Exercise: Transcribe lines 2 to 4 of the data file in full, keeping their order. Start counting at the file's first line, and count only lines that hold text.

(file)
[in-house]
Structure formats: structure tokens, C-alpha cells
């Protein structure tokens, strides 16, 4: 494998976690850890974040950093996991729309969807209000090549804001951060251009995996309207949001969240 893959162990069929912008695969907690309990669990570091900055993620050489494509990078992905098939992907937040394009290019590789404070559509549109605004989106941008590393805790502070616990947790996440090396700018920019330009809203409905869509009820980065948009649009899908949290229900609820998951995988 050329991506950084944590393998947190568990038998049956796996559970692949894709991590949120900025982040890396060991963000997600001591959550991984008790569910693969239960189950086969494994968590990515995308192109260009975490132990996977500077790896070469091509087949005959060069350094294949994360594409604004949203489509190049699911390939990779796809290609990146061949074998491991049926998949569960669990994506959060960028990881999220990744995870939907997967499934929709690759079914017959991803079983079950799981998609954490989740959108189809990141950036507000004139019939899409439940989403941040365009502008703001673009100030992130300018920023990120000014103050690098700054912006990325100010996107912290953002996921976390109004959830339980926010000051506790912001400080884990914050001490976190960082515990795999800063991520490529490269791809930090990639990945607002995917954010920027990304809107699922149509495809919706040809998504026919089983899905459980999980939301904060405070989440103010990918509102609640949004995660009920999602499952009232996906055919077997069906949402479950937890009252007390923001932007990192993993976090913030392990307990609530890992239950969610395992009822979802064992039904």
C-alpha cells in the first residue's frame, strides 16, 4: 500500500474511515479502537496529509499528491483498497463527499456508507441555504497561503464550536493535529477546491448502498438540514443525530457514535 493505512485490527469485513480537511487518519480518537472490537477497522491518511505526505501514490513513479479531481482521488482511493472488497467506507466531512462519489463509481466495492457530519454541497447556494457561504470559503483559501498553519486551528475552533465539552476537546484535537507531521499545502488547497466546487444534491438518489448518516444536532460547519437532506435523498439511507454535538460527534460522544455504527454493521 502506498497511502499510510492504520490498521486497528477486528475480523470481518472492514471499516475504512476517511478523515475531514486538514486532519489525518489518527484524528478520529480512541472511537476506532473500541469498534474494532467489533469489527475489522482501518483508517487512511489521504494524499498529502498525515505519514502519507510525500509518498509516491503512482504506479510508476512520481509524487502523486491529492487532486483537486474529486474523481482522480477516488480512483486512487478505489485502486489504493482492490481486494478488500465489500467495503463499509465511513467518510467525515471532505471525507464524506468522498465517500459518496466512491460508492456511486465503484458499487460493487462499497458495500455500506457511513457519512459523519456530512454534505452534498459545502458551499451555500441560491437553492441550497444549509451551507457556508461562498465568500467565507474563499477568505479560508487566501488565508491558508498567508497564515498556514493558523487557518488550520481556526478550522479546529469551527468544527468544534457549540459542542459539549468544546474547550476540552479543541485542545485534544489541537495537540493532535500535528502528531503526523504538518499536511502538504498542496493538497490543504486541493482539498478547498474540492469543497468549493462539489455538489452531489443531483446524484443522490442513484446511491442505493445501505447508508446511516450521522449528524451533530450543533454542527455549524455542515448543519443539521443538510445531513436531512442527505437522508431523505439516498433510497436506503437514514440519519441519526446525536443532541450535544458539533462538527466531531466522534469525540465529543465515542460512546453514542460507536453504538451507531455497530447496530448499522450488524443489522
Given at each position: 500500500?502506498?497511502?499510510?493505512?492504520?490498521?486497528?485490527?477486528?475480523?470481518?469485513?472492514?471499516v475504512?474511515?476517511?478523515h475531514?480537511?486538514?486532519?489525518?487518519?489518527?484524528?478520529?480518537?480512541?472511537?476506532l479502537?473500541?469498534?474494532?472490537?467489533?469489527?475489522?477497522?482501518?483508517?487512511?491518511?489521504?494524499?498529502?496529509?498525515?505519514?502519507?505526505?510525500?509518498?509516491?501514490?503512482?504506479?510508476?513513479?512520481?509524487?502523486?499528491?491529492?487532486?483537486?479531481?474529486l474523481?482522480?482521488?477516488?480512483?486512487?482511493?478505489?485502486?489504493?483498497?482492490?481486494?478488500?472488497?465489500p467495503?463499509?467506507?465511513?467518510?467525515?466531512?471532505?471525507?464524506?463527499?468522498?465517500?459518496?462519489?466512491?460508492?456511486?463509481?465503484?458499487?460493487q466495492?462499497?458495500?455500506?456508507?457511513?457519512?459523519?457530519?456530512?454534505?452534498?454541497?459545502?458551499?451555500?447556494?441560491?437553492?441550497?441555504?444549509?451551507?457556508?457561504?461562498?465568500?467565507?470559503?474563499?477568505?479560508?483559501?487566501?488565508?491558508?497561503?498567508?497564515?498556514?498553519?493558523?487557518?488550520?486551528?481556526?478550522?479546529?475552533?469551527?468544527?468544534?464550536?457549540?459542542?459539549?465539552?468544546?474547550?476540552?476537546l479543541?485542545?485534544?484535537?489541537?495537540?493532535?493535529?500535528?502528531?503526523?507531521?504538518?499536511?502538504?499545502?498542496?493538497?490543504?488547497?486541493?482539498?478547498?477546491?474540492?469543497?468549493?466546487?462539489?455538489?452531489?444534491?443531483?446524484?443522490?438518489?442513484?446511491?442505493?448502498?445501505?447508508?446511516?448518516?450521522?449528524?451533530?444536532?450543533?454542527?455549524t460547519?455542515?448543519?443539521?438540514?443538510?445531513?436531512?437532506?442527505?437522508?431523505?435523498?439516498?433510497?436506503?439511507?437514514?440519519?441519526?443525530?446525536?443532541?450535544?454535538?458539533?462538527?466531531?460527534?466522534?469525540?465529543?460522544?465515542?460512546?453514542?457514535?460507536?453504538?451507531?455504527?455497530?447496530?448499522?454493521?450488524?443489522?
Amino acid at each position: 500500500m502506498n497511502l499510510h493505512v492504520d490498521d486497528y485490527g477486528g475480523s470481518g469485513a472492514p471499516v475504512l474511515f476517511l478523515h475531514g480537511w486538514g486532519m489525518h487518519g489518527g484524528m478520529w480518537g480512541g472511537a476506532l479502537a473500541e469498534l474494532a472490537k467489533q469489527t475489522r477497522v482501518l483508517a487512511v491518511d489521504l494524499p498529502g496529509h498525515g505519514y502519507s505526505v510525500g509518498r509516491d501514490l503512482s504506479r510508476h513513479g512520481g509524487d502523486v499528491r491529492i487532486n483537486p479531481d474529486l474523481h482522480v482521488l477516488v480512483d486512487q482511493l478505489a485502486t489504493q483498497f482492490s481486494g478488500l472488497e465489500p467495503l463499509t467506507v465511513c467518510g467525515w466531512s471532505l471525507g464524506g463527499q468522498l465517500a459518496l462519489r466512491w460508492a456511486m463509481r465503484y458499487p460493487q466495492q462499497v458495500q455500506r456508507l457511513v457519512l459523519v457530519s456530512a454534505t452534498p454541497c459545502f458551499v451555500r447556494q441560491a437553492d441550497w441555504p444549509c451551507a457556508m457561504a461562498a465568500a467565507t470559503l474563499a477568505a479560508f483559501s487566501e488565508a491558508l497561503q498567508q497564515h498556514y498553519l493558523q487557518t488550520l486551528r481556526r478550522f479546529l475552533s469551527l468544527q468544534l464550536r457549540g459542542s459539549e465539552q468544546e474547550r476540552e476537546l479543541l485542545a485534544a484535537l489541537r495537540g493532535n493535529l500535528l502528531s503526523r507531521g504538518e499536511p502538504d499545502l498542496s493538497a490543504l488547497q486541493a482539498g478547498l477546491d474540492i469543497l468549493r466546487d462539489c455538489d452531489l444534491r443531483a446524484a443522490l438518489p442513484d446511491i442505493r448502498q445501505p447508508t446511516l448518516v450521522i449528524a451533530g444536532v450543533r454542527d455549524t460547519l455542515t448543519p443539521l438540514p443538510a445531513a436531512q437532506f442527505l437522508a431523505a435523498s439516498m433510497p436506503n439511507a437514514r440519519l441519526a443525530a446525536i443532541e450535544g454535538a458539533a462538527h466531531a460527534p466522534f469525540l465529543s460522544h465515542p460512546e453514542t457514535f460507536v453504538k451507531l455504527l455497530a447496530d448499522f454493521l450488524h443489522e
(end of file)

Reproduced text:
Structure formats: structure tokens, C-alpha cells
């Protein structure tokens, strides 16, 4: 494998976690850890974040950093996991729309969807209000090549804001951060251009995996309207949001969240 893959162990069929912008695969907690309990669990570091900055993620050489494509990078992905098939992907937040394009290019590789404070559509549109605004989106941008590393805790502070616990947790996440090396700018920019330009809203409905869509009820980065948009649009899908949290229900609820998951995988 050329991506950084944590393998947190568990038998049956796996559970692949894709991590949120900025982040890396060991963000997600001591959550991984008790569910693969239960189950086969494994968590990515995308192109260009975490132990996977500077790896070469091509087949005959060069350094294949994360594409604004949203489509190049699911390939990779796809290609990146061949074998491991049926998949569960669990994506959060960028990881999220990744995870939907997967499934929709690759079914017959991803079983079950799981998609954490989740959108189809990141950036507000004139019939899409439940989403941040365009502008703001673009100030992130300018920023990120000014103050690098700054912006990325100010996107912290953002996921976390109004959830339980926010000051506790912001400080884990914050001490976190960082515990795999800063991520490529490269791809930090990639990945607002995917954010920027990304809107699922149509495809919706040809998504026919089983899905459980999980939301904060405070989440103010990918509102609640949004995660009920999602499952009232996906055919077997069906949402479950937890009252007390923001932007990192993993976090913030392990307990609530890992239950969610395992009822979802064992039904």
C-alpha cells in the first residue's frame, strides 16, 4: 500500500474511515479502537496529509499528491483498497463527499456508507441555504497561503464550536493535529477546491448502498438540514443525530457514535 493505512485490527469485513480537511487518519480518537472490537477497522491518511505526505501514490513513479479531481482521488482511493472488497467506507466531512462519489463509481466495492457530519454541497447556494457561504470559503483559501498553519486551528475552533465539552476537546484535537507531521499545502488547497466546487444534491438518489448518516444536532460547519437532506435523498439511507454535538460527534460522544455504527454493521 502506498497511502499510510492504520490498521486497528477486528475480523470481518472492514471499516475504512476517511478523515475531514486538514486532519489525518489518527484524528478520529480512541472511537476506532473500541469498534474494532467489533469489527475489522482501518483508517487512511489521504494524499498529502498525515505519514502519507510525500509518498509516491503512482504506479510508476512520481509524487502523486491529492487532486483537486474529486474523481482522480477516488480512483486512487478505489485502486489504493482492490481486494478488500465489500467495503463499509465511513467518510467525515471532505471525507464524506468522498465517500459518496466512491460508492456511486465503484458499487460493487462499497458495500455500506457511513457519512459523519456530512454534505452534498459545502458551499451555500441560491437553492441550497444549509451551507457556508461562498465568500467565507474563499477568505479560508487566501488565508491558508498567508497564515498556514493558523487557518488550520481556526478550522479546529469551527468544527468544534457549540459542542459539549468544546474547550476540552479543541485542545485534544489541537495537540493532535500535528502528531503526523504538518499536511502538504498542496493538497490543504486541493482539498478547498474540492469543497468549493462539489455538489452531489443531483446524484443522490442513484446511491442505493445501505447508508446511516450521522449528524451533530450543533454542527455549524455542515448543519443539521443538510445531513436531512442527505437522508431523505439516498433510497436506503437514514440519519441519526446525536443532541450535544458539533462538527466531531466522534469525540465529543465515542460512546453514542460507536453504538451507531455497530447496530448499522450488524443489522